ch newspaper Le Monde which said: "That fact alone leads
one to believe that the United States did not discourage the
perpetrators of this operation. ."
But State Department spokesman John Trattner said the
United States was advised of the coup one hour and 15
minutes before it was officially announced. The word was
passed by an officer of the Turkish general staff to the
American ambassador's senior military adviser in an early

morning telephone call yesterday.
GEN. KENAN EVREN, 62, told his 43 million co
the army stepped in because the politicians had fai
the- sick economy or stamp out the left-versus
terrorism that has claimed more than 5,000 victir
the past two years.
He pledged the country would be returnedt
rule as soon as the "peace and order of the
restored." In the meantime, he said, Turkey woul
of its commitments to NATO, the Western allianc
Turkey, by virtue of its strategic position sepa
Middle East from the Soviet Union, is a key membe
Initial foreign reaction expressed concern for th
the country of 45 million people that anchor
southern and eastern flanks. Turkey, straddling E
Asia, shares borders with the Soviet Union, Iran, Ir
Bulgaria, and Greece, which put troops along i
border on alert.
ALTHOUGH NATO headquarters had no official,
members of the 15 national delegations said pri
alliance's greatest fear was a violent reaction to thf
taleover. Some pointed to growing Moslem fundan
in Turkey that opposes Turkish membership in NATI
with the Common Market.
Turkey has long held a critical place in the NAT
plan, with its 566,000-member military force ont
Union's southern border and controlling Soviet ace
the Black Sea to the Mediterranean through the
Turkey.
The collapse of the regime of Shah Mohamn
Pahlavi in neighboring Iran enhanced Turkey's ro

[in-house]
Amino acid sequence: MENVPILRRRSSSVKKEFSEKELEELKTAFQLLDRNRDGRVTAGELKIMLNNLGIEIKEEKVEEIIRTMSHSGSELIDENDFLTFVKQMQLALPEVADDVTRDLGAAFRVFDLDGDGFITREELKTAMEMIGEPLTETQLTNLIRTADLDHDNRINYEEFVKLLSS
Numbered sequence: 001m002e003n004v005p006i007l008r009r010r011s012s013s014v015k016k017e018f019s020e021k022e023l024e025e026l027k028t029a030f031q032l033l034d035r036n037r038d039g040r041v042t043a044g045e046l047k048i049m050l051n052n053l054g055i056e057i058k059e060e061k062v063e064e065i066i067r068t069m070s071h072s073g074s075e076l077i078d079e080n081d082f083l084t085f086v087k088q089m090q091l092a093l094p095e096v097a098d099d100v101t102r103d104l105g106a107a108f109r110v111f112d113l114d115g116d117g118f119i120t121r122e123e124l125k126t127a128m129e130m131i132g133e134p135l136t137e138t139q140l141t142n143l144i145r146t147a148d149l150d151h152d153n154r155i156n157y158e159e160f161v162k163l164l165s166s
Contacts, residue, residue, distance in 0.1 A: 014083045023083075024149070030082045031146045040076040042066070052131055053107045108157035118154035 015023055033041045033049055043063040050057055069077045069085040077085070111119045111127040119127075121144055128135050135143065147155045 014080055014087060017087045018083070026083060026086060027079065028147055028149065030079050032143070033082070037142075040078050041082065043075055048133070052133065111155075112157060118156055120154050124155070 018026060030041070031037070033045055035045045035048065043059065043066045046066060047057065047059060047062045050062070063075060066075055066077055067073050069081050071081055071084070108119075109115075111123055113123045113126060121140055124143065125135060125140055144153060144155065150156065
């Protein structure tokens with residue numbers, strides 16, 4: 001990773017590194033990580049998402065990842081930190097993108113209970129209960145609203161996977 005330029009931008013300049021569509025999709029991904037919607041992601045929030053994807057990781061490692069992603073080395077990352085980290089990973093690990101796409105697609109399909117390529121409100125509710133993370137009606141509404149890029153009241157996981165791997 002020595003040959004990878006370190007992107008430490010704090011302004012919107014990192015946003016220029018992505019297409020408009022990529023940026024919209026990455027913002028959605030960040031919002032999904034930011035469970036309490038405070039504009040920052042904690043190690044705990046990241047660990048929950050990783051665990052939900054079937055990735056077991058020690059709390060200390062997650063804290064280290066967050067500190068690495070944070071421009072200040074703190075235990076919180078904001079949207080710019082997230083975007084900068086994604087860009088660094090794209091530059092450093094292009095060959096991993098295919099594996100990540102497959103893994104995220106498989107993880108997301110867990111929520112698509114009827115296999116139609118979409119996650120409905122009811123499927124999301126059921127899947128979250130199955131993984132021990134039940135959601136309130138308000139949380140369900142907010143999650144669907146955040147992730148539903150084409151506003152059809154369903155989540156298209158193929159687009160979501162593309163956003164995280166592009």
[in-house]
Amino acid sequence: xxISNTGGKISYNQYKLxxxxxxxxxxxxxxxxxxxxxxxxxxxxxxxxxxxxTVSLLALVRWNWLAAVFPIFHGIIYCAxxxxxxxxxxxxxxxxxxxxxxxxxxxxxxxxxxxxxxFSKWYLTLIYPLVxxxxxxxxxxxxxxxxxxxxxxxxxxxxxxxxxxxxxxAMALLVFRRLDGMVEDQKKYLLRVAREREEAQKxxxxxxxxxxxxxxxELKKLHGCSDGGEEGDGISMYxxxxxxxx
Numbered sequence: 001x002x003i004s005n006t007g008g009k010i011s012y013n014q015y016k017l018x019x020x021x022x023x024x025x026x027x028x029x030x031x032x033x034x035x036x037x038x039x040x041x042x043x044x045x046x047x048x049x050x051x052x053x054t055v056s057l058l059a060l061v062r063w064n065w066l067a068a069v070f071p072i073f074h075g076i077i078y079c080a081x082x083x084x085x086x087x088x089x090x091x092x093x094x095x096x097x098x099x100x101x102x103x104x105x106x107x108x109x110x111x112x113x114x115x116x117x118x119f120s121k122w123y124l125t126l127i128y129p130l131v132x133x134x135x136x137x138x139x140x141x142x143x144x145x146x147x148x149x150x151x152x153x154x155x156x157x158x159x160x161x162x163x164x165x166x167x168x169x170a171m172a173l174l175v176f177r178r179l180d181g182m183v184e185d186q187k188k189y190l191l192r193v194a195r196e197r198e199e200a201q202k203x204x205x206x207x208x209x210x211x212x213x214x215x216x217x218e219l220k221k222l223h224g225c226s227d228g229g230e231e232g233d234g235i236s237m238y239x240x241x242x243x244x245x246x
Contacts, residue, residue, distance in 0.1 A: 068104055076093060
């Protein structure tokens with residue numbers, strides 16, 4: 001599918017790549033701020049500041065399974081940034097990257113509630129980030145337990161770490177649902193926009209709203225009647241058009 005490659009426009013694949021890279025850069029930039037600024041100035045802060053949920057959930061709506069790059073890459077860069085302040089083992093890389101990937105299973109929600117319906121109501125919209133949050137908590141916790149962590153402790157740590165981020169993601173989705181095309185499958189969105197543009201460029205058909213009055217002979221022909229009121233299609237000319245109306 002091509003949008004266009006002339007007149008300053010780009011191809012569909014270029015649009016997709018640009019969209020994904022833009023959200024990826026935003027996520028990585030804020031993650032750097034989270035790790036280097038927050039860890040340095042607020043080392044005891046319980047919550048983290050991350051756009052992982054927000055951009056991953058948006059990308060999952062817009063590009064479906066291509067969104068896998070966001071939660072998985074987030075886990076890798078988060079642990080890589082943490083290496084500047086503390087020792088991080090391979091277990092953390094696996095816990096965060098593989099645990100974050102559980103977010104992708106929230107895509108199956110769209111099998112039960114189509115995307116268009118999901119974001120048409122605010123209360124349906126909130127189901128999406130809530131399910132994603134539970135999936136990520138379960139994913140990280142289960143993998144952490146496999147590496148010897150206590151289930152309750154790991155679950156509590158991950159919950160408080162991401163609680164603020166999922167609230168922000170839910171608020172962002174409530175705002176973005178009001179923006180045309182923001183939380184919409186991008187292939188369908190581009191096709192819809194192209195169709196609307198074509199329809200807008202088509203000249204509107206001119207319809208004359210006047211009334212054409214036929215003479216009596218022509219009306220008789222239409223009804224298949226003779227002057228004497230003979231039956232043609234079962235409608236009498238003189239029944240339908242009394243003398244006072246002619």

the United States lost important Iranian bases and
posts for monitoring Soviet activity.

From AP and UPI
Ayatollah Ruhollah Khomeini said
AP Photo yesterday he will free the 52 American
., hostages if the United States returns
the late shah's wealth, frees Iran's
frozen assets, and promises never to in-
tervene in Iranian affairs again.
In what appeared to be one of the
most significant developments in the
hostage crisis since it began 314 days
ago, Khomeini broke his long silence on
the issue with a list of four demands he
said the United States must meet to win
the hostages' release.
MOST SIGNIFICANTLY, there was
untrymen no mention in his list of the public
led to cure apology that Prime Minister Moham-
-right-winmad Ali Rajai and other Iranian of-
ms during ficials have demanded from the United
States.
to civilian By saying the hostages could go free
state are if his four conditions were fullfilled,
d honor all Khomeini also appeared to be taking
e of which the crisis out of the hands of the Iranian
rating the parliament, which he had previously
,rntecharged with deciding the -hostages'
e future of fate.
s NATO's The parliament, in turn, had been
urope and favoring spy trials for the captives.
~aq, Syria,
ts norther IN WASHINGTON, President Carter
was cautious in assessing Khomeini s
comment, remarks, saying only that they were
vately the being exami ed "very carefully."
e military "We've learnedsto be very cautious
mientalism about statements from Iran," the
mantis president toldreporters. "We'll be
monitoring what is going on and
CO defense analyzing the statements further."
the Soviet State Departmentspokesman John
cess from-Trattner added that returning the
straits ofshahs wealth was not as simple as the
Iranians seemed to think. "We don't
nad Reza know where the wealth is, or even how
le because much there is," he said.
d listening KHOMEINI'S DEMANDS, contained
in a "message to Moslem pilgrims" and

broadcast over Tehran Radio, said the
hostages "will be freed as soon as the
deposed Shah's wealth is returned, all
U.S. claims against Iran are canceled,
there is a guarantee of no U.S. military
or political intervention in Iran, and all
our funds are freed."
He said he had passed on these direc-
tives to his parliament "so they can
decide on any course of action in the in-
terest of the nation."
Meanwhile, Iran rushed more troops
to its battle-torn border with Iraq and
called upon all of. its citizens to donate
medical and other supplies to the army,
which reportedly suffered heavy losses
in the latest frontier fighting.
Iranian radio reports, monitored in
Kuwait, said army reinforcements
were being sent to the southwestern
frontier with Iraq, which claimed Thur-
sday to have captured a 50-square-mile
slice of territory whose ownership the
two countries have disputed for years.